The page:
It isn’t about money. This post isn’t about money either because there’s plenty there to spend. But Spurs have principles that other clubs don’t. A salary structure designed to limit inter-player friction. A ‘cautious’ approach to agents and certain murkier deal structures. A commitment to FFP. We also don’t (yet) have the same historical pull United and Liverpool have or the bling attraction that City and Chelsea have. But Poch is saying we all have to change the way we see ourselves. And that will then change the way others see us, including players we want to sign.

As an aside, Poch has changed the way he plays the media this season, probably around the time of the MU/RM rumours. He’s teasing them more, playing with less of a straight bat. One example:

In Matt Law of the Telegraph’s weekly Spurs update (recommended) he implied that Poch now has the “upper hand over Levy” and gave an example post-Everton “when manager Pochettino reappeared in the tunnel area some time after completing his media duties carrying a glass of red wine. Asked where he had gotten his drink from, Pochettino joked that he had stolen it from the chairman’s suite because that’s where the very best wine is served.”

Well, as it happens, Poch came into the Tunnel Club (right next to his own office) not the Chairman’s Suite and was laughing and joking with staff as he selected a bottle or two. I know the truth because I was right there in the Tunnel Club at the time. It’s possible Poch had already accepted a glass in the chairman’s suite but, I suspect, Poch was simply playing to the gallery with his “stolen” comment. He’s a Plan for everything, including the press.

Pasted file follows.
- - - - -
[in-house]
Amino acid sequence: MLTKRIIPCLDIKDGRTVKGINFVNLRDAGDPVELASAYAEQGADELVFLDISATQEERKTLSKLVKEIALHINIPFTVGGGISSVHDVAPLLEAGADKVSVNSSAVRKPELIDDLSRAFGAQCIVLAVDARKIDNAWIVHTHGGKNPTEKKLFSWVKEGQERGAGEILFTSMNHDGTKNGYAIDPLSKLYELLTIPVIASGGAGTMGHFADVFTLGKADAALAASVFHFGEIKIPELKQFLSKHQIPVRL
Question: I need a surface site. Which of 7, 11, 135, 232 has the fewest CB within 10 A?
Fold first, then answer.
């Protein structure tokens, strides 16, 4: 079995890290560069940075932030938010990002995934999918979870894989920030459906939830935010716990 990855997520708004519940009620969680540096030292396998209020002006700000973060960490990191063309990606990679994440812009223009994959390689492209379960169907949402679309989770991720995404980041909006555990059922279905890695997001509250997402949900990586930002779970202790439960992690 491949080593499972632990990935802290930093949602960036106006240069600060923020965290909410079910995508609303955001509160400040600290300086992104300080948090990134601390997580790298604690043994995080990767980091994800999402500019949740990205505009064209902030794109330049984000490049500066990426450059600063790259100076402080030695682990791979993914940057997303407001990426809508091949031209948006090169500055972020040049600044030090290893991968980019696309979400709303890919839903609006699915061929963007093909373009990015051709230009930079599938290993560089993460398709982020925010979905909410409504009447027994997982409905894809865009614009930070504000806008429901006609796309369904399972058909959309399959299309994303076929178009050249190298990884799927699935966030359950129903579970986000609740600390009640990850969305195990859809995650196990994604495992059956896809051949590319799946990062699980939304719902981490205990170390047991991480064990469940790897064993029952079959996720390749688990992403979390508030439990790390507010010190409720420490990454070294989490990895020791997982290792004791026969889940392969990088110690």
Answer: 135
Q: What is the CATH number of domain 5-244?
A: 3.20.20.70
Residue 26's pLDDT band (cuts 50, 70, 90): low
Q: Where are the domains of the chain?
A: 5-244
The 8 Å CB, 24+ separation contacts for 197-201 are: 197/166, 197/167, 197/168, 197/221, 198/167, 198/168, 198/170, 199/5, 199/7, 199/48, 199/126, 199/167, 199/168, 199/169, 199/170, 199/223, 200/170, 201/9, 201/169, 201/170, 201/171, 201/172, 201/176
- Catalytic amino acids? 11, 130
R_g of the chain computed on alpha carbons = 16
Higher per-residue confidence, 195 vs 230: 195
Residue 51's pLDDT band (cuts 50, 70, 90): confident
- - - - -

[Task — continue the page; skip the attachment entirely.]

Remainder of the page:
I was going to post something on Bale but this post is long enough already (apologies) so I’ll leave that to another time.
Post of the season... truthful insight.
Many fans do not understanding the business side of THFC.
Levy has always done his best to back his manager.
I will say it again - I believe both Levy and Poch are visionairs and have THFC interest at heart on and off the field.
The future is bright if they both carry on at THFC
 

LDNYid

Active Member
Joined
Jan 28, 2011
Messages
265
I don’t often post, and rarely in ITK forums, but I have to correct a couple of misconceptions some people seem to have.

EDIT: Apologies to A&C if this is off-topic or too long. It turned out way longer than I expected. In short what I’m saying is that simplistic “Levy won’t spend money”, “Uncle Joe needs to open his wallet”, “Poch will go if he doesn’t” comments are all misguided. The situation is way more complex than it’s portrayed in forums and the media. If you’re interested, read on.